I’m always shocked at how many students jump right into a test without reading the instructions. Maybe you’re one of them. There is often valuable information in the instructions about how to take the test and what you are allowed to do, so read it first.
After reading the instructions, you can move on to tip #2 which is to answer the easy questions first.
This is a solid tip for nearly every type of test. It provides an overview of the test and gives you several small victories to boost your confidence right at the beginning of the test.
Tip #3 is to answer the question in your mind before reading the answer options.
Use a piece of paper or your hand to cover the answer options. You may have to get a little more creative if it’s a digital test. Then with the answers covered, read the question and formulate your best idea of the answer in your mind before looking at the answers.
So why do this rather than just reading through the answers? Because you won’t get confused by the answer choices and thinking two or three of the options sound like good answers. If one of the options is similar to the answer you came to in your head, then you can answer faster and with more confidence. Try it out.
Tip #4 is to read every answer option.
Similar to the instructions, many students skip this step on at least a few questions, often to their demise.
Because most multiple choice test questions want you to find the most correct answer, there may be multiple “correct” answers, so if you stop at the first correct one, you may not see the most correct one. Even if you think you’ve found the answer, read them all.
Tip # 5 is to use the process of elimination.
When you come to a question that you don’t know the answer to, you can increase your odds by eliminating answers you know to be incorrect. Physically cross them out if you can.
If you can narrow it down to two or three answers, you’ll increase your odds for guessing correctly from the remaining answer choices.
I’ll do a seperate video about guessing strategies for multiple choice tests and link it below, because that is a whole video in and of itself.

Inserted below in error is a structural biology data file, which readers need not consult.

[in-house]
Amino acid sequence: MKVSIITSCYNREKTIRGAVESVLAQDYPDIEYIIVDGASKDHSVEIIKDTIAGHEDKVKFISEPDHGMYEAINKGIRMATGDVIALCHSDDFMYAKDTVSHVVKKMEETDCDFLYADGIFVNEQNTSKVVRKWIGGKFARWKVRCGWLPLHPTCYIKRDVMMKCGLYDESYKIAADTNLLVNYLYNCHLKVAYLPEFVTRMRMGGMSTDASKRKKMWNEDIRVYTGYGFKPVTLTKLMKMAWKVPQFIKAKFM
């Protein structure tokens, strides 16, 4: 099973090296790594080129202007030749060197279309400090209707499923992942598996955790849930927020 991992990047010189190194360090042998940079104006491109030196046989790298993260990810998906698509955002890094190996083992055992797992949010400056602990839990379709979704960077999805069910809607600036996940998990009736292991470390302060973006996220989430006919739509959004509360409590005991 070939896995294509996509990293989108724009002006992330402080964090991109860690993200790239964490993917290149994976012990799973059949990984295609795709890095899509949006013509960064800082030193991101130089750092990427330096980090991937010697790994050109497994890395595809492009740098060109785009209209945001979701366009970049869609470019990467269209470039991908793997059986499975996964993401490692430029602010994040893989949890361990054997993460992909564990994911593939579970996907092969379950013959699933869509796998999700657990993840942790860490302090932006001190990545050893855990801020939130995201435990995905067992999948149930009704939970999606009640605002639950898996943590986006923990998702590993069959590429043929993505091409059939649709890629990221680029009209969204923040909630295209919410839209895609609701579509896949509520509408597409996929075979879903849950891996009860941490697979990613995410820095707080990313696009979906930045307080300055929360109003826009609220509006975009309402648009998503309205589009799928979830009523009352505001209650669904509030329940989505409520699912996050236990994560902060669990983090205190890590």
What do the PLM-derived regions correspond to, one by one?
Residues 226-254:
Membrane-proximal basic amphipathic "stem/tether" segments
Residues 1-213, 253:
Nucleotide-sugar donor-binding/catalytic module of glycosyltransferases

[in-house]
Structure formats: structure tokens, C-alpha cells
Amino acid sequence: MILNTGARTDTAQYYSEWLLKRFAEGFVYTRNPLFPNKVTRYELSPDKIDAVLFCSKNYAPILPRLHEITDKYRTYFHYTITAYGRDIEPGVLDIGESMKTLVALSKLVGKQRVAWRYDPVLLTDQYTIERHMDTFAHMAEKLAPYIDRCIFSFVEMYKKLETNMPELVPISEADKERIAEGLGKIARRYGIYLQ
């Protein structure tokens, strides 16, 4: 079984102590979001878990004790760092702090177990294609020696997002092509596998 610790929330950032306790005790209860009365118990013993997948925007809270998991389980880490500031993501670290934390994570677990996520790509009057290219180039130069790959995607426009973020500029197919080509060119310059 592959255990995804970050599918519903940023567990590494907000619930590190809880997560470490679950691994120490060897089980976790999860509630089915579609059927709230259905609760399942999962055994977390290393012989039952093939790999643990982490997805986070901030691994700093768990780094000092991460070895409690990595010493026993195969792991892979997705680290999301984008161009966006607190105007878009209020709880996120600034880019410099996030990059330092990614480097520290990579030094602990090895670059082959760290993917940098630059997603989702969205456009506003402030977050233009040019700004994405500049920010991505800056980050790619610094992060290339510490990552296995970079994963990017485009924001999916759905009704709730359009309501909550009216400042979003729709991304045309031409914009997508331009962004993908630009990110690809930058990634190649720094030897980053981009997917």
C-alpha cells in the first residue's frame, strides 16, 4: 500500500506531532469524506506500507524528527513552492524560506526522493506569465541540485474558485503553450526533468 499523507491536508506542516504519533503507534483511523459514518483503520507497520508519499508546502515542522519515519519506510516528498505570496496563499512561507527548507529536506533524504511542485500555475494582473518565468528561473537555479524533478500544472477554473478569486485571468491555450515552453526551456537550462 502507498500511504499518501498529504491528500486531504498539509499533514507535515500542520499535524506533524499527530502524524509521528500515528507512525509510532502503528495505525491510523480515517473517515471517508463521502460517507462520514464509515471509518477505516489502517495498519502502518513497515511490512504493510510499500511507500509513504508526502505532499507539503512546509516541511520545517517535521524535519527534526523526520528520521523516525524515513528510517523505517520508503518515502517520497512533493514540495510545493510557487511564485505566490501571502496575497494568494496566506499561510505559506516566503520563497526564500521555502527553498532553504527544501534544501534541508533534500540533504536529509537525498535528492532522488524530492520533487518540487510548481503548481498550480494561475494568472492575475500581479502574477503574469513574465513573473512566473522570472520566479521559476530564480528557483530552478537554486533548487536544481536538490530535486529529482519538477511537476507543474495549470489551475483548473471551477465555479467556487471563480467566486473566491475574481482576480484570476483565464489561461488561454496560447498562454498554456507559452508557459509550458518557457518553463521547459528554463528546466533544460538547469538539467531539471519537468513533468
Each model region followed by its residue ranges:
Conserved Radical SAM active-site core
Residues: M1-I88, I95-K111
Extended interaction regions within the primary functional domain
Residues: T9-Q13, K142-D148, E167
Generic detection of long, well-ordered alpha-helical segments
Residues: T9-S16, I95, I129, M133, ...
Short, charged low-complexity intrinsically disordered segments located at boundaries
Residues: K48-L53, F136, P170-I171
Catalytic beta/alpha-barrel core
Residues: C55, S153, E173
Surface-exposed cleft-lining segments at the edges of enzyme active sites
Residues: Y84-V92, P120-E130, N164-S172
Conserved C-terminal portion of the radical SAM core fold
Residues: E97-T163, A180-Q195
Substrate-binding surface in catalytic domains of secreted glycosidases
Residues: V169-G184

And if you are finding these tips valuable, consider subscribing, because you’ll likely find a lot more value from my future content.
Tip #6 is specifically for “all of the above” type questions.
You don’t actually have to know if all of the above answers are correct, you just need to know if more than one are correct. For example, if the question has 5 possible answers, the last of which is “all of the above” and you know that first and third answers are correct, but are uncertain about the other two, then you can confidently answer “all of the above”.
Tip #7 is to answer every question
I was amazed as a teacher to see students not answer multiple choice questions. I understand that you may not know the answer, but you can certainly write or circle a random answer. And there can also be a lot of strategy to guessing, which I’ll make a separate video on.
The only time you don’t want to guess is when you lose points for wrong answers. In my experience, most tests award you 0 points for a wrong answer, but on certain tests, you’ll lose points for answering incorrectly, so make sure you know for you test before you guess.
How to Study for Multiple choice tests or exams (Neat trick #8)
How to study for multiple choice tests and exams to get a better grade. (Neat trick #8)
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Multiple Choice Secrets! The complete guide to answering multiple choice
Taking a standardized Test? Multiple choice strategies can give you that extra edge!
Multiple Choice Mayhem
First, a “bird’s-eye-view” and some general strategy. Then, tips from students, based on science, that will help you bubble your way to success. Last, some myth-busting—if you have to guess, what works (and what doesn’t)? Here's the breakdown:
General Strategy - 0:45
Hot Tips from the Science of Testing - 02:06
If You Have to Guess... (Myth-Busting) - 04:43
Check it out on our website for multiple choice excercises, downloads, and links!:
Test Taking Strategies
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This video provides several different test taking tips and strategies for students. These tips and strategies are general, and can be used for a number of different types of questions, such as multiple choice, essay, fill-in, completion, and true or false. This video also provides reasons why each strategy will actually help students.
How To Study For Multiple Choice Exams
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Don't Suck at Multiple Choice
or just don't take the test at all